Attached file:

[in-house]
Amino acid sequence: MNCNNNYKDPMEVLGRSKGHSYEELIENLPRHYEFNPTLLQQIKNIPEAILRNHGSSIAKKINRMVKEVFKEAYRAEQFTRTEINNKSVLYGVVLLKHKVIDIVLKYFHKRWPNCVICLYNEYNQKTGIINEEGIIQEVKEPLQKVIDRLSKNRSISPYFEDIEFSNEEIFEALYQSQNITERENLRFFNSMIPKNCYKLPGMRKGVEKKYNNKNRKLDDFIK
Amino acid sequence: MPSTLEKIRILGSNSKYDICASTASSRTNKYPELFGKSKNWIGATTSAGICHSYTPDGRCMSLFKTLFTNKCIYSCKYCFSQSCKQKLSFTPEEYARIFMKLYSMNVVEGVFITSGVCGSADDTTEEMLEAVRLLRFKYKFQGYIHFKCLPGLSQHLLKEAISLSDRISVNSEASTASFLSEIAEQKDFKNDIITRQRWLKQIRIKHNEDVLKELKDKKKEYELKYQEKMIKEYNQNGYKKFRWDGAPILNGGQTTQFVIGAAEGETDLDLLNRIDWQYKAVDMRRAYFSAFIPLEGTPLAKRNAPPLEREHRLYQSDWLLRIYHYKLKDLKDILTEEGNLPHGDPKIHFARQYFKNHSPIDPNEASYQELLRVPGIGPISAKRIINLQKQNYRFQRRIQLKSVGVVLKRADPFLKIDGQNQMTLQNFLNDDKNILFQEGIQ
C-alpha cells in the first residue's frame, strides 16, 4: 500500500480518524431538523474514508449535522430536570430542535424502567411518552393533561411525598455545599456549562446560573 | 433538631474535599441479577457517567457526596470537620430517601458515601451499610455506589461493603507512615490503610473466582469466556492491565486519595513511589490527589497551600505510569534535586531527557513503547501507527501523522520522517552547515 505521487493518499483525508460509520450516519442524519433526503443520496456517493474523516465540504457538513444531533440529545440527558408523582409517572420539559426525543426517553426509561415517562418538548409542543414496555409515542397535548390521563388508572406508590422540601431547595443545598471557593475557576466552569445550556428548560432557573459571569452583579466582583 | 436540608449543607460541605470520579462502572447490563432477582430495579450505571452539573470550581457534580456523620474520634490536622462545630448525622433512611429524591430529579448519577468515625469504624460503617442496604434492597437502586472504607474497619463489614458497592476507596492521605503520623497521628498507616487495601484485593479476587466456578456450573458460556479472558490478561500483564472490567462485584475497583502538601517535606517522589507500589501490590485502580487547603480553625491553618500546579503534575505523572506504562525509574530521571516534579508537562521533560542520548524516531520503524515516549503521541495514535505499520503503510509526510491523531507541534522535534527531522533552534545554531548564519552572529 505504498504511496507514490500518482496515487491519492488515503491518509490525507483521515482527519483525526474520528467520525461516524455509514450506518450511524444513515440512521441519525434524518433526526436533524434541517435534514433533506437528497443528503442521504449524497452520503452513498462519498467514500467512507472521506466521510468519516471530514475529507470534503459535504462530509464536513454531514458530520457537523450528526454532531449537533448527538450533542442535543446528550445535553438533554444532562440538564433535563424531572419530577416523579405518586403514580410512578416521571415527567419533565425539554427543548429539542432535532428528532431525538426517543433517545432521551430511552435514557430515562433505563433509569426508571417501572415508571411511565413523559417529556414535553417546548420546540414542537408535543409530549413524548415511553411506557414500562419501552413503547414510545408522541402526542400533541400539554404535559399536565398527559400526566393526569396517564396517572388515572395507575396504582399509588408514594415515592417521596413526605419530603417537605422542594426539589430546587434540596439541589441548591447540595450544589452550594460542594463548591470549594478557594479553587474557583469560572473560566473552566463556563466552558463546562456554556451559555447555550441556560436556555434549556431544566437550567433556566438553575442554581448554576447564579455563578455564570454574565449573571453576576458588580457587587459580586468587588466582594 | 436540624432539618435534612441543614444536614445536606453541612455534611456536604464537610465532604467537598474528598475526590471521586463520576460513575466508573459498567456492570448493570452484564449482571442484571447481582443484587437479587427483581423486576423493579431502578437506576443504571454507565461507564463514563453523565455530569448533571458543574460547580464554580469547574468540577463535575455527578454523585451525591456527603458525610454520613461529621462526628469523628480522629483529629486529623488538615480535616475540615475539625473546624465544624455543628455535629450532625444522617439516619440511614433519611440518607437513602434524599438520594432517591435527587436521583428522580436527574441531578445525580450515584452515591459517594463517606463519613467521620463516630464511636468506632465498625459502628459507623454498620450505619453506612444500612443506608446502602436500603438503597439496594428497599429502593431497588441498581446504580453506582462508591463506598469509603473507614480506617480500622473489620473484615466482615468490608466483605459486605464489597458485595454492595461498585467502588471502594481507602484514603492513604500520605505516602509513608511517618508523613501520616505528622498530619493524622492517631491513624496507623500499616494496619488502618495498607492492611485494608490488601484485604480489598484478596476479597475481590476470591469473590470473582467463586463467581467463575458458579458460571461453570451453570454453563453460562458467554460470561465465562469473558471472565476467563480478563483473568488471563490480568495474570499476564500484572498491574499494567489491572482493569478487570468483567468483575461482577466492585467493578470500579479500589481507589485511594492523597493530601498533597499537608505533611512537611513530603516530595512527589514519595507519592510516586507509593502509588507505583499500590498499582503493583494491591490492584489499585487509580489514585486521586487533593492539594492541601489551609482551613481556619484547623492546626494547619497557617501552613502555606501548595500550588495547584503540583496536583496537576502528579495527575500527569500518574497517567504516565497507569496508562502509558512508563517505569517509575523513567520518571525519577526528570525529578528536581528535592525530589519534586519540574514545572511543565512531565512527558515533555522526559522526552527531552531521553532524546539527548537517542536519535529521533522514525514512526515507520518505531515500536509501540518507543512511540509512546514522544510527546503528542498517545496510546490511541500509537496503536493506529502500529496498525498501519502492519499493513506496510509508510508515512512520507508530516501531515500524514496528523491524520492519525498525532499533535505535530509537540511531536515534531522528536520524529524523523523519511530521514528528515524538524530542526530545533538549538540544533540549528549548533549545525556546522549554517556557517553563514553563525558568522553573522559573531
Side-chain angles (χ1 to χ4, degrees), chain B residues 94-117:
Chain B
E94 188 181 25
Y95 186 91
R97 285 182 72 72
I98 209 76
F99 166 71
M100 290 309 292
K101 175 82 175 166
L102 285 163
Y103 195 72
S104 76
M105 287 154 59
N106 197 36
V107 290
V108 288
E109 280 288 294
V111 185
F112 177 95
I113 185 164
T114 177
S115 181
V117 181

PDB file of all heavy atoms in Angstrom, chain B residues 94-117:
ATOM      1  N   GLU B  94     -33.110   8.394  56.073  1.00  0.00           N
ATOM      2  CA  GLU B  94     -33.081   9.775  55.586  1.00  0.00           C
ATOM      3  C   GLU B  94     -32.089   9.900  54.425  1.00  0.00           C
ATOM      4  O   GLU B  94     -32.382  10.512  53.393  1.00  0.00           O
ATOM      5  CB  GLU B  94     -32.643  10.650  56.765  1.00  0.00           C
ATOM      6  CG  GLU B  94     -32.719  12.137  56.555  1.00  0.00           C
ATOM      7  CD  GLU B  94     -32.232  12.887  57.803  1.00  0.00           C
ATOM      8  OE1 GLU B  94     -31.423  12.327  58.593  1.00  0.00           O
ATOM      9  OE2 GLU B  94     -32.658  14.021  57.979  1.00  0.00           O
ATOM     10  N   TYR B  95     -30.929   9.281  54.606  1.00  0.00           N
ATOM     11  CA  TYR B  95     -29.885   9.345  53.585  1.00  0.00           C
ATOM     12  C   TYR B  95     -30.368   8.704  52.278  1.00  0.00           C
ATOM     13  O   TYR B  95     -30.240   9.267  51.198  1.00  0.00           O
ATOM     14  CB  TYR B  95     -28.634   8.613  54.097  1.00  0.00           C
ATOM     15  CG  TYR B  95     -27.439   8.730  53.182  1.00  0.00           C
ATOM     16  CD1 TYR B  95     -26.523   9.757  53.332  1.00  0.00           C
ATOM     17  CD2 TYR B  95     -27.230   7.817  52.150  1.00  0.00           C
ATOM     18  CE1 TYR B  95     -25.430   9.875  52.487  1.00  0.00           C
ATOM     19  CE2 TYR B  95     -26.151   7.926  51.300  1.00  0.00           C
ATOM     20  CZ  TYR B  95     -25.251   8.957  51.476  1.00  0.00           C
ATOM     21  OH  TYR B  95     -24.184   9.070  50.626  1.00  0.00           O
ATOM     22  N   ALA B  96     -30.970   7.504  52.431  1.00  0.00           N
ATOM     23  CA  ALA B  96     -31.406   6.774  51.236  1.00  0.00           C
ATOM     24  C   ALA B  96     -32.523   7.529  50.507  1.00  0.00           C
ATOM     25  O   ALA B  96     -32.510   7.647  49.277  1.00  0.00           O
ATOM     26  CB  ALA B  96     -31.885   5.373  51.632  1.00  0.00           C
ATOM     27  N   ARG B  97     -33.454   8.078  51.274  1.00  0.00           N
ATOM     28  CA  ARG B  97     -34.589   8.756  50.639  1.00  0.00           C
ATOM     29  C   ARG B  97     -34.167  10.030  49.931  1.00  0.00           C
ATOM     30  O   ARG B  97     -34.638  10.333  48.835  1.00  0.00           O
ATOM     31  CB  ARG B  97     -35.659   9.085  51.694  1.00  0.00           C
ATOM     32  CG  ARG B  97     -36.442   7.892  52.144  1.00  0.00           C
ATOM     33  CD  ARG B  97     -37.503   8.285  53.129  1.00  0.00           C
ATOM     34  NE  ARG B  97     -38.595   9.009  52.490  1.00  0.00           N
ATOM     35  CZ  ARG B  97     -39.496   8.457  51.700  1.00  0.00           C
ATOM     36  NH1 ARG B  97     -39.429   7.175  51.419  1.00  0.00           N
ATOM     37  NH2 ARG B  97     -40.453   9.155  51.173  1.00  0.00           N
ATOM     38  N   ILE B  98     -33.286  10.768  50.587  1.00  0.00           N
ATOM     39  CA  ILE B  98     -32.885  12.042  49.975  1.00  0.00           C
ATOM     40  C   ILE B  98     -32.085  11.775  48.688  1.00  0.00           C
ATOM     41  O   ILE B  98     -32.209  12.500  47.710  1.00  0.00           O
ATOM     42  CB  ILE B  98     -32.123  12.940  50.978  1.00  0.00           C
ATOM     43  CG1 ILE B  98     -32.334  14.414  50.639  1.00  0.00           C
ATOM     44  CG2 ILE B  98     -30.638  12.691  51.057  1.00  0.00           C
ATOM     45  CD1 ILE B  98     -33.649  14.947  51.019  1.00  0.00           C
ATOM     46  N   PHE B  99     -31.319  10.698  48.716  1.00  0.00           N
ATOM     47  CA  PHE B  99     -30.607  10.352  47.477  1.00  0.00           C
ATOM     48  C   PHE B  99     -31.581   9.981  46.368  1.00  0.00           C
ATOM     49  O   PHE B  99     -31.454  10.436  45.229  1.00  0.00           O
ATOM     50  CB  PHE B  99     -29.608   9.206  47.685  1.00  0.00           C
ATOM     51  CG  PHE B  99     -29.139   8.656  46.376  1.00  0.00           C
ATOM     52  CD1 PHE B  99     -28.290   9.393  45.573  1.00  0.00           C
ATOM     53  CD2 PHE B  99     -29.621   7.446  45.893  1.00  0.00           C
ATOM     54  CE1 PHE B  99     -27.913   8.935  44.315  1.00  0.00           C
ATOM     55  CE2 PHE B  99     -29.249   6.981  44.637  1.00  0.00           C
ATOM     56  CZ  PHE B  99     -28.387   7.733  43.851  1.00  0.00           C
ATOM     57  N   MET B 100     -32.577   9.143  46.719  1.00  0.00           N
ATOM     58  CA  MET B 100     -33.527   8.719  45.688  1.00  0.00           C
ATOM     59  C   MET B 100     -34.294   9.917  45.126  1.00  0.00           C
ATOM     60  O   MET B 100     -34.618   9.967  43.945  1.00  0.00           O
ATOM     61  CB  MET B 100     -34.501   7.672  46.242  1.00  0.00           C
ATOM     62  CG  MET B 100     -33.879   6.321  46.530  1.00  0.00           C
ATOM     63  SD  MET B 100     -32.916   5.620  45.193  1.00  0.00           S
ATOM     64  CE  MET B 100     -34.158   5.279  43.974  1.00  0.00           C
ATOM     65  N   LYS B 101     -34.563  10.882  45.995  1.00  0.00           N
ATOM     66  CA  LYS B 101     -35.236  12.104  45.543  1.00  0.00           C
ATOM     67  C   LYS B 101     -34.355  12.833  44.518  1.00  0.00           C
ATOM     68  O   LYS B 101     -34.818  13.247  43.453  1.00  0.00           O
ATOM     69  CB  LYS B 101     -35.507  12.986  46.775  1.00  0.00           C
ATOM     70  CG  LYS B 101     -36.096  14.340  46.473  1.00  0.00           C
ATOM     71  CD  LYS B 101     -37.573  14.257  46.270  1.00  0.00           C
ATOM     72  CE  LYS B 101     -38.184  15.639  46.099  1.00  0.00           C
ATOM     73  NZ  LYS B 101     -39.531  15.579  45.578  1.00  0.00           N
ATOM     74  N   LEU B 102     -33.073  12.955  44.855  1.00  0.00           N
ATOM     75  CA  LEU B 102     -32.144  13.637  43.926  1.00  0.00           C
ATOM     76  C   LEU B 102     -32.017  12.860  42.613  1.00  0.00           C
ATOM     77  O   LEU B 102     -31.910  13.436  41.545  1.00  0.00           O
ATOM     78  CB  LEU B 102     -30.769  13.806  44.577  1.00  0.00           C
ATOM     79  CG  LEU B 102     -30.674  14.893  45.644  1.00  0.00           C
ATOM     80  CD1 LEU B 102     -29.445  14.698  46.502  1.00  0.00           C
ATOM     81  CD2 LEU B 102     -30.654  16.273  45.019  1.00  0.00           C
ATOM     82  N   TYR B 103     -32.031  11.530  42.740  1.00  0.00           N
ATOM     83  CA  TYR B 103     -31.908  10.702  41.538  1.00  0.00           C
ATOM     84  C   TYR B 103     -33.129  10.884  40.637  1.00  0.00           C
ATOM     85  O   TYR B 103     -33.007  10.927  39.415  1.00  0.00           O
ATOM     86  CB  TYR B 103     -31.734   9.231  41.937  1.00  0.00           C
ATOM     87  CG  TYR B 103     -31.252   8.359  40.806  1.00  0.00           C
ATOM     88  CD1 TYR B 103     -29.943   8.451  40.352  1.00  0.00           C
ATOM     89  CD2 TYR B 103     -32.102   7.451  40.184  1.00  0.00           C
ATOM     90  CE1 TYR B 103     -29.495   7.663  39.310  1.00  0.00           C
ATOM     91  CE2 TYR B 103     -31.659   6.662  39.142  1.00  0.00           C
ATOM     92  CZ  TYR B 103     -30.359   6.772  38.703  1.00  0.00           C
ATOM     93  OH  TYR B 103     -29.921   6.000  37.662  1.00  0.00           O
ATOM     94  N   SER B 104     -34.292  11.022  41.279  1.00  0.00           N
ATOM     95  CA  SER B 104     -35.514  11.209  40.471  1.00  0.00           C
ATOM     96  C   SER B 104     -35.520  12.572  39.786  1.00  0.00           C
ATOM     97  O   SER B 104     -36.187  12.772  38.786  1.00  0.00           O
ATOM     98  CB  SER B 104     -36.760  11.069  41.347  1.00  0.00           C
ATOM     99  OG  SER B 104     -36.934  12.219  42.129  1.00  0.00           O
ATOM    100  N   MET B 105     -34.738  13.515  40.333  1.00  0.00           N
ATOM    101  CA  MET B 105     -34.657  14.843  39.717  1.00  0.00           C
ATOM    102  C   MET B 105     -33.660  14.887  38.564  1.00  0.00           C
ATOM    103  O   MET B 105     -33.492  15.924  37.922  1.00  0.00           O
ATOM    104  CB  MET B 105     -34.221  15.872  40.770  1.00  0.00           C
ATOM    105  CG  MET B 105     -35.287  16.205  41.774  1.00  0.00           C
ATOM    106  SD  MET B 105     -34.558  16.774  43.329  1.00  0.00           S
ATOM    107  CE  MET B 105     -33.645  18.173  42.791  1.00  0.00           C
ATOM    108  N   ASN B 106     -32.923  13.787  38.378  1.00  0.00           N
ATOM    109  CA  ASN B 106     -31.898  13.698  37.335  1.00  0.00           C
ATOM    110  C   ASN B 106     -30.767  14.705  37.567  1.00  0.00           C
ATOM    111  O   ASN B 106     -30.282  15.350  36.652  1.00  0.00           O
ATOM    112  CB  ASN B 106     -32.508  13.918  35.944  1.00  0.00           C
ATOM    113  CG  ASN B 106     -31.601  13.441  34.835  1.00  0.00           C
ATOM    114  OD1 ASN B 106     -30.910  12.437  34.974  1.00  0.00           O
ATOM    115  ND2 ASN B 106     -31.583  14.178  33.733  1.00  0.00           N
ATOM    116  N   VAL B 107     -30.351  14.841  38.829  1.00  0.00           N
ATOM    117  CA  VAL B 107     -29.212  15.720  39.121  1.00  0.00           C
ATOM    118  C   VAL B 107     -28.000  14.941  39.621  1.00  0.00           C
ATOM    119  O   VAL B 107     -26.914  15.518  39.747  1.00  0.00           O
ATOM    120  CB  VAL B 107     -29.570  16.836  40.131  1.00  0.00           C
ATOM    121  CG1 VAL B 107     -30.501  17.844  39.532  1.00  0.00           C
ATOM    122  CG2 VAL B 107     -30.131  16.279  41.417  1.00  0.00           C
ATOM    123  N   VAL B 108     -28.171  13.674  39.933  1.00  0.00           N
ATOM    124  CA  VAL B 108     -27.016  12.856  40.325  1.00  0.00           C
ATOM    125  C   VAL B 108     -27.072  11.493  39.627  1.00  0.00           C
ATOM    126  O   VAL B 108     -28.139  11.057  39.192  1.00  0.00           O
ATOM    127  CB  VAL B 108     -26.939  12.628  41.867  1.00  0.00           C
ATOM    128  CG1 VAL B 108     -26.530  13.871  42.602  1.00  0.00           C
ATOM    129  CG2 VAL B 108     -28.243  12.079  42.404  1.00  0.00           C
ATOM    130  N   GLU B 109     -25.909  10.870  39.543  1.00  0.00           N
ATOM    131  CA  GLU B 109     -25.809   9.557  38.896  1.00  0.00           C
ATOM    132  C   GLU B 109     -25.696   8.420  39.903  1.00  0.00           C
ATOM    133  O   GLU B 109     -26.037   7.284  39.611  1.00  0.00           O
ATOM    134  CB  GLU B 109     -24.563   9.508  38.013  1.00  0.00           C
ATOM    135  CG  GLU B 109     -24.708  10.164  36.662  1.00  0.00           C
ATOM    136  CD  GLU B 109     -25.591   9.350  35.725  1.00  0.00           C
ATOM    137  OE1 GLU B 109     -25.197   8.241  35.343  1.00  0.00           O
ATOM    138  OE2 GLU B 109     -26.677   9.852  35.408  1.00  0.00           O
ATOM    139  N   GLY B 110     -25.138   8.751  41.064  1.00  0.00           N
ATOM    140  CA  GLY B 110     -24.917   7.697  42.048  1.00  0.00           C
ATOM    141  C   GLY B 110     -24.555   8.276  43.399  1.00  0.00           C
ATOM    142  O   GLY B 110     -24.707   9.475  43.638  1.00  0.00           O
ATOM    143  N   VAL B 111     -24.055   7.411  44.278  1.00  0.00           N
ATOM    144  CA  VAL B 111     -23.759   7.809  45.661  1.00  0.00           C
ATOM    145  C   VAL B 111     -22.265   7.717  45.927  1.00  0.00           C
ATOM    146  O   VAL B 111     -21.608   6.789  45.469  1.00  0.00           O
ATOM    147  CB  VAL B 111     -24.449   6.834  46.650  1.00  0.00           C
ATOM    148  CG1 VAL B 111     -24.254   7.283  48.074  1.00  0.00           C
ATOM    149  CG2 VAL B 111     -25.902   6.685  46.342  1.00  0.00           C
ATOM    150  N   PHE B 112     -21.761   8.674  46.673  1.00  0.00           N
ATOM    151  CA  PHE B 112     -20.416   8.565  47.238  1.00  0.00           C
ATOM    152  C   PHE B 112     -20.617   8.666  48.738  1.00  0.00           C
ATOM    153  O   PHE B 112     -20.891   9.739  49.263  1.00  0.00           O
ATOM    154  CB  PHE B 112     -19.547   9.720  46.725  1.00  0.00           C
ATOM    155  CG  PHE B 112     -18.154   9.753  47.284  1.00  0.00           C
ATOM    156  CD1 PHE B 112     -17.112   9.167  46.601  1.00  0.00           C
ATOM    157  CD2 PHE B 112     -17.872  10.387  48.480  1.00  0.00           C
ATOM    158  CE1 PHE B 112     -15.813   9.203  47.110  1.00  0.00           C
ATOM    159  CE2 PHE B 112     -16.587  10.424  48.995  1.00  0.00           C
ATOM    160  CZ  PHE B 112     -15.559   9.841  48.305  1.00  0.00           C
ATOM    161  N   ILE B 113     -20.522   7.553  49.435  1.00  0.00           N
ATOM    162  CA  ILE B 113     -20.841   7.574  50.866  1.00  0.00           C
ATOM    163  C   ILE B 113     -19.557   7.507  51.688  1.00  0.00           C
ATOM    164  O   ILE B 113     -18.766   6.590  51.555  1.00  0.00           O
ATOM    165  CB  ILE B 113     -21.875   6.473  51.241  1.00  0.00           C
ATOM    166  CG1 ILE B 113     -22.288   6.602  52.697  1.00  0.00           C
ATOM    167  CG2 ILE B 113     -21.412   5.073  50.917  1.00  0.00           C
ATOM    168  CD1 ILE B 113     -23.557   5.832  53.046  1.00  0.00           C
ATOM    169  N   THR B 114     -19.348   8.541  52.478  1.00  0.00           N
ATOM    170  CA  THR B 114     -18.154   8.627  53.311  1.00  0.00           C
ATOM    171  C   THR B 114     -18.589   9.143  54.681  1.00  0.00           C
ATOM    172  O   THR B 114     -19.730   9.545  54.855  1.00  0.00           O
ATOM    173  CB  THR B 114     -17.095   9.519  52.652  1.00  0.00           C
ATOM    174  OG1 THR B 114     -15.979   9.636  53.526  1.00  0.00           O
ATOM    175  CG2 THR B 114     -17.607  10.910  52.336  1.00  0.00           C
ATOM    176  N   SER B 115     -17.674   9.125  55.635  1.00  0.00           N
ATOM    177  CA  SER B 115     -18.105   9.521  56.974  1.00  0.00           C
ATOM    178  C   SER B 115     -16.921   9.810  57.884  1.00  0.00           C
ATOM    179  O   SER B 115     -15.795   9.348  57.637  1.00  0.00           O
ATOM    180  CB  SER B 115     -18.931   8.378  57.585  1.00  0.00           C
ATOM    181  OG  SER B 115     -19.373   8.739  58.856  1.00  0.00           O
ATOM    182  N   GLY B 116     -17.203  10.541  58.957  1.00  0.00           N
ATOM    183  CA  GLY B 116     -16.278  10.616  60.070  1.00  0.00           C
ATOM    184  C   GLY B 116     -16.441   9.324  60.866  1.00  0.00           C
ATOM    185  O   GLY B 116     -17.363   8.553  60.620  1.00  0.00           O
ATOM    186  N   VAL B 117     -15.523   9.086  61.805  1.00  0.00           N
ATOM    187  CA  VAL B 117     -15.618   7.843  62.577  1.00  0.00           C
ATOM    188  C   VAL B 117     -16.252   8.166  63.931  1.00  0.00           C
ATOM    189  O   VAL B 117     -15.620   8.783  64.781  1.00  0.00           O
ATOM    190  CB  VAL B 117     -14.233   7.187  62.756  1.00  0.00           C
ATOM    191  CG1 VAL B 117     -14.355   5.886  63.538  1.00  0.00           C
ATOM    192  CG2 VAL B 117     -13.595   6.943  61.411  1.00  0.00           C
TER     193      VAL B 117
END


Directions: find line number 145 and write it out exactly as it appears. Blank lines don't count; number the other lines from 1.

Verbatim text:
ATOM    117  CA  VAL B 107     -29.212  15.720  39.121  1.00  0.00           C